The Exception Game

Here’s a little post about something I call The Exception Game.  I call it the exception game instead of the exception cognitive bias, because game sounds more fun, and because I want to make it clear that this isn’t a You Are Bad sort of post.  I get it- I also have a human brain, I also am constrained by my consciousness!  I also frequently think I’m an exception- but I have to think my way out of it.  Here’s how it goes.

A couple times a week or day I get an email from someone who would like to meet me, but asks to do so in a way that doesn’t follow the protocol I have for new friends.  Protocol sounds super serious!! It isn’t really- it’s screening info in the first email, and more than one line.  Now most requests like this aren’t “hey Mollie, you fiiiine, wanna come to my tractor trailer for some champagne of beers and watch the Human Centipede?”  No, they’re usually requests for specific pieces of information, the sort of information that, should my answer be a particular way, would obviate the rest of the process.  “Are you around tomorrow?”  “Do you have a white garter belt?”  “Are you a giant panda?”  And I understand that for these interlocutors, if I am in fact NOT a giant panda, they will not want to book, and so they would rather me answer the damn question before they trot our their bona fides.  Fair enough.

But here’s the thing- in my Us section and in my automatic responder, I have said, “If you don’t include screening I can’t discuss any questions.”  Why would that be?  Oh you card, I know you don’t ask that question seriously;)  This is a risky demimonde.  Those risks I can decrease I absolutely do.  Additionally, to be frank, the Venn diagram of ‘men that have presented me with reasons why my screening is too intense’ and ‘men who have tried something shitty on with me’ has a fat dark overlap in the middle.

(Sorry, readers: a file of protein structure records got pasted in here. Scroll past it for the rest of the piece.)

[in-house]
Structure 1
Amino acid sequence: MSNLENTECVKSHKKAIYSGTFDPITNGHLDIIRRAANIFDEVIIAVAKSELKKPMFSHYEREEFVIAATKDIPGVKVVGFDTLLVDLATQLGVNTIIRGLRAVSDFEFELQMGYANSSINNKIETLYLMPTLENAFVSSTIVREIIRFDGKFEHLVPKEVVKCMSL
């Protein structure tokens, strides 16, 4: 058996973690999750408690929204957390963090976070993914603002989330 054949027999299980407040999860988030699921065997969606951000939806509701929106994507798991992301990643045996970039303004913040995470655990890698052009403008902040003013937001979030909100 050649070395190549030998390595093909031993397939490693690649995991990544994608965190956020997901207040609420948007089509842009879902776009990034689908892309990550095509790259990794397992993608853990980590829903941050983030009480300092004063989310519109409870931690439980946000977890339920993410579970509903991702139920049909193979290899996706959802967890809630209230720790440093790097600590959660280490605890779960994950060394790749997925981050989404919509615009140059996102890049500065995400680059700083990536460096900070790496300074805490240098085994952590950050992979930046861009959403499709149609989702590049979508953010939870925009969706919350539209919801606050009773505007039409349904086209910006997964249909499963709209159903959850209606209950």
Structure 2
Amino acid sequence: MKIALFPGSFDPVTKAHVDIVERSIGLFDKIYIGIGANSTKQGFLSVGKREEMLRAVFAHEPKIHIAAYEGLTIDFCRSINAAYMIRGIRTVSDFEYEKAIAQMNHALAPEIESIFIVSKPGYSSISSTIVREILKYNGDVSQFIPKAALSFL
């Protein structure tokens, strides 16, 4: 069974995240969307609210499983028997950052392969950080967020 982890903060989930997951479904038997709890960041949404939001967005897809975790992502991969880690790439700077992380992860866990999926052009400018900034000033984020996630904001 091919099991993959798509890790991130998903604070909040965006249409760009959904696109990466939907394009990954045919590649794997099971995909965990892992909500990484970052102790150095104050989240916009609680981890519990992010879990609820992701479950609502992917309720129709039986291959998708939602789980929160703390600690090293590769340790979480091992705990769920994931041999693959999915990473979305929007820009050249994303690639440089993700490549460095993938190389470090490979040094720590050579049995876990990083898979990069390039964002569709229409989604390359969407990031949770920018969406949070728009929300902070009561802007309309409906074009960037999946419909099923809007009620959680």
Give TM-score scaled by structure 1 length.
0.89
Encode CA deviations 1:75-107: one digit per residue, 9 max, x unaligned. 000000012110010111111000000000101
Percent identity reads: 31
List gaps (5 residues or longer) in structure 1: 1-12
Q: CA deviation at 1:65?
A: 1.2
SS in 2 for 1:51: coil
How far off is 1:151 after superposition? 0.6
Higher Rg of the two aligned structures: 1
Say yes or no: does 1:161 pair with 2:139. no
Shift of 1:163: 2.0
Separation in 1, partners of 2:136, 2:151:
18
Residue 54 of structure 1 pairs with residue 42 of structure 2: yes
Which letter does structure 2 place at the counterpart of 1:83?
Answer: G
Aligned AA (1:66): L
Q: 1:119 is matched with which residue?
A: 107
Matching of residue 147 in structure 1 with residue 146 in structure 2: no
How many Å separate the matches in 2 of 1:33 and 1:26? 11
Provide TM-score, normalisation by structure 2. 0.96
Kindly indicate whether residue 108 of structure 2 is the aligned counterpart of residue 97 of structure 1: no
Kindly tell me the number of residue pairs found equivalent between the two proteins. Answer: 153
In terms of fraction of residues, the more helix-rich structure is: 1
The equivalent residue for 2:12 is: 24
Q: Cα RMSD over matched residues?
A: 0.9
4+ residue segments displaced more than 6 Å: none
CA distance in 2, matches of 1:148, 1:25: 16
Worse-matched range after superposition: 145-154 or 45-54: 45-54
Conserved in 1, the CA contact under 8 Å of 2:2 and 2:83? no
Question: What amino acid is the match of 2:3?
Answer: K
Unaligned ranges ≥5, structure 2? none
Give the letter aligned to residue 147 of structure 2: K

Ok, but, and here’s where the game comes in: HE’S not like that.  That man who wants to know whether I’m super cute and eat 99% bamboo, he’s not up to anything shady, and it would be the work of a second to tapp out: yes, my name is Tian Tian, and I’m always sleepy.  I risk nothing!  Because He knows that he’s not up to any funny business, he’s simply trying to make quick plans and have a lovely, toe curling experience.

I understand.  I love to curl my toes with fuzzy Chinese Ailuropoda melanoleuca!  I do.  But: I DON’T KNOW WHO THIS LOVELY MAN IS.  All I have is his word that he’s nice, just like you have my word that I’m a 200 lb black and white herbivore.  I swear, I am!!!  Do you trust me that I’m telling the truth about that?  If you are this lovely man, I don’t know who you are.  At all.  Any attempt to tell me that you are an exception, you are a super nice guy- these words don’t mean anything to my adorable, fur tufted ears, because I have no idea who you are.  You know you’re an exception, but I don’t.  I can’t know that, without ascertaining it.  And here’s where it gets real.

Remember how I mentioned above the men who tried to explain to me that they were exceptions, and so they shouldn’t have to jump through screening hoops?  Well, back when I was a baby panda, I thought, what harm can it do?  I met a couple of them.  What I discovered is that men who have the exception game running through their head don’t have it just about screening.  You, dear reader, you read the above, and even if you thought, OK, the panda shit is a bit tiresome, get to the point- you at least put yourself in my place.  You could see from my perspective, and understood that I’m running blind.  From my side of the laptop all claims of being a great guy are equal.  The men who CANNOT make that cognitive leap frequently couldn’t make it about other things.  If they felt confident that they were healthy, then I should trust them and be unsafe.  If they tried to be really rough or rude, they were sure I liked it or I would get the joke.  Their perspective on what was OK and didn’t feel bad was in fact my perspective.  They didn’t just think they were exceptions: they couldn’t get out of their head enough to understand anyone’s experience other than their own.  No big deal- but I had to show them the door.  And that, my friends, is why I don’t play the exception game.